Babies learn to speak by listening to their caretakers. People help them by modulating the sounds of speech in fundamentally the same way. A topic of much speculation among researchers who study language acquisition is the observation that caretakers consistently address their infants in this unique tone and manner of voice, a form that has come to be known as “baby talk,” “infant-directed speech,” or motherese. Motherese is a linguistic register based on exaggeration of pronunciation and simplification of syntax. It is found in virtually every culture and has certain common characteristics: The sentences are very short, there is a lot of repetition and redundancy, there is a sing-song quality to it, and it contains many diminutive words. It is also embedded in the context of the immediate surroundings, with constant reference to things and goings-on nearby. Certainly there is a social component to this form of speech. Infants respond more positively and listen longer to infant-directed than to adult-directed speech. Furthermore, while researchers disagree over whether exposure to this type of speech is necessary for successful first language acquisition, there is general agreement that motherese contributes to the ease with which infants are able to break into their particular language of exposure.
For the language-learning infant, identifying the components that make up spoken language is a difficult task. Instances of words vary phonetically and acoustically, depending on the discursive, syntactic, and phonological contexts in which they occur. This is in addition to variations introduced by changes in, for example, talker identity and speaker affect. At the earliest stages, word recognition must be guided by features of the individual instances of words themselves. Although it remains unclear precisely which aspects of the auditory signal initiate recognition, acoustic prominence—an important characteristic of infantdirected speech—is one factor that has been considered particularly influential in jump-starting this process. Data supporting this view indicate that infants generally prefer to listen to acoustically salient speech, where “salient” can mean either effectively or emphatically so. Conveniently, the natural form of input to the language-learning child is modified in just such a way.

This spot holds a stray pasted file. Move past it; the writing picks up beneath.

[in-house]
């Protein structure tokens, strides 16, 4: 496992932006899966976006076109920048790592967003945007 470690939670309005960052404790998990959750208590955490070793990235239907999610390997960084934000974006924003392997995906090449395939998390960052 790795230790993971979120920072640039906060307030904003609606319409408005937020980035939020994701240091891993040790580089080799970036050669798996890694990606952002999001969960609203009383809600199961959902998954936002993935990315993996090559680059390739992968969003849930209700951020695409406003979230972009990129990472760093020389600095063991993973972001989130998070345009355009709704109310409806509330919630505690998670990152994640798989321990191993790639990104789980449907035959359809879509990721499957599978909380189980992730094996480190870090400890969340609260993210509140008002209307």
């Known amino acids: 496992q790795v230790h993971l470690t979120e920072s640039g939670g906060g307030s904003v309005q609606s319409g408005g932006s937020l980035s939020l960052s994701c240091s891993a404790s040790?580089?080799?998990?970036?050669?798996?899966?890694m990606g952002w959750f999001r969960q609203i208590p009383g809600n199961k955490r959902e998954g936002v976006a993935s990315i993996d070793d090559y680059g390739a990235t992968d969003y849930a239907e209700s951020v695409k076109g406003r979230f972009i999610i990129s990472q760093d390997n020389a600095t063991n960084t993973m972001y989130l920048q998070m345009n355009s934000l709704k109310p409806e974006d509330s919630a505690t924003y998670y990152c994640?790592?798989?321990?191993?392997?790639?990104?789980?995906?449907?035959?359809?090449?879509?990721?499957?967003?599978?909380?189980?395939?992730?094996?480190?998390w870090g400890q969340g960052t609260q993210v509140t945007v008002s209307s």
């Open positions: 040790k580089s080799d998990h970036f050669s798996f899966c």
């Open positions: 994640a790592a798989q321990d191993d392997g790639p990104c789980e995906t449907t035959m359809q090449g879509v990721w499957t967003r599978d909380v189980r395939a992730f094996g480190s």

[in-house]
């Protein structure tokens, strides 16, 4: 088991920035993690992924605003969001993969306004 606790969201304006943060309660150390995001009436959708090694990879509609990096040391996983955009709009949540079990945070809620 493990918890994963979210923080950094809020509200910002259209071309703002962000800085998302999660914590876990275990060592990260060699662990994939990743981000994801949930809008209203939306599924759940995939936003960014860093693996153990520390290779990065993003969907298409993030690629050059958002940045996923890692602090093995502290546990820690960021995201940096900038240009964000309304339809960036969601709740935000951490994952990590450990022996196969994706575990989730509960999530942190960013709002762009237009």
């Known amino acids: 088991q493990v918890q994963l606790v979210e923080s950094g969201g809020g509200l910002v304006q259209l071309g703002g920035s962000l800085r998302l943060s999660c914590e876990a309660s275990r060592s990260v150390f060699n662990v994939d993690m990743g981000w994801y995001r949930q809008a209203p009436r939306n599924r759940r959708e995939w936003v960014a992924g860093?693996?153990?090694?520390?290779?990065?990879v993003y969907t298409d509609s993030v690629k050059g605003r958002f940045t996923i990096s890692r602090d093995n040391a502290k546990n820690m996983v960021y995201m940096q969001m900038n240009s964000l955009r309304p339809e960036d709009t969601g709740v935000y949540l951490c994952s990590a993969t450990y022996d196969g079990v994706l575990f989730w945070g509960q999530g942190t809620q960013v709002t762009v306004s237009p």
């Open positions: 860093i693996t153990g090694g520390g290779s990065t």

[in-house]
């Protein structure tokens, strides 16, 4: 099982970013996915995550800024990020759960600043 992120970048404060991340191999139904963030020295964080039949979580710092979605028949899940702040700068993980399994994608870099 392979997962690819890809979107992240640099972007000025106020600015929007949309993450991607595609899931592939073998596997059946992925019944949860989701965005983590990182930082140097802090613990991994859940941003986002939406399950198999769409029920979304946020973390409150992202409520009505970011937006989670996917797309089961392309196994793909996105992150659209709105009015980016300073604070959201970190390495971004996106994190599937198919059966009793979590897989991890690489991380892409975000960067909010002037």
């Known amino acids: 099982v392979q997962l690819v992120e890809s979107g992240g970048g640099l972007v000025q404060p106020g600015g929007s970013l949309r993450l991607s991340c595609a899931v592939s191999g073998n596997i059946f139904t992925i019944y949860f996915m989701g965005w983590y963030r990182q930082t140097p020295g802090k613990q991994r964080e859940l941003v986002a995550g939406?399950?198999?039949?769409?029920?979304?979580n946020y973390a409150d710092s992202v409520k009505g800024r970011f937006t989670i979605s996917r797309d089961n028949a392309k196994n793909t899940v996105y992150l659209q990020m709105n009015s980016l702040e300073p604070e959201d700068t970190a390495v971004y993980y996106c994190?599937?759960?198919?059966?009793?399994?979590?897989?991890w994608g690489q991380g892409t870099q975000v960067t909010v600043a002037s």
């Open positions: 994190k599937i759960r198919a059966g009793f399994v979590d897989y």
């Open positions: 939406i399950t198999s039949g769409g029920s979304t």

Infants face another difficulty when it comes to speech segmentation. In fluent speech, words are not separated by pauses, and the cues that may serve to signal word boundaries vary from language to language. Nevertheless, and despite these challenges, normally developing infants begin to succeed at recognizing words in fluent speech about midway through their first year. This has been attributed, in large part, to caretakers’ tendency to repeat content words when addressing their infants. Repetition of the full form of a word is perfectly reasonable—even expected—in speech directed to infants, and this repetition is quite distinct from the reduction to pronominal form that occurs across mentions of content words in adultdirected speech. Although repetition is often cited as one of many characteristics of speech directed to infants, it is generally viewed as subordinate to the prosodic quality of such speech. While repetition appears to be an important feature in guiding speech segmentation, it is not the aspect of motherese that is most often referred to as influential in language learning. However, given the problems the language learner faces, it may well be just as important as other aspects of this unique register.
Generally speaking, infant-directed speech involves clear and careful pronunciation, exaggerated intonation, relatively few abstract words, reference to tangible objects that a child can see and touch, and a focus on the actions the child is doing or witnessing. Not only mothers speak motherese. Anybody who communicates with young children will adopt this modified form of speech. And while it is arguably not fundamental to a child’s ability to acquire language, its apparent universality points to its importance in aiding that process.
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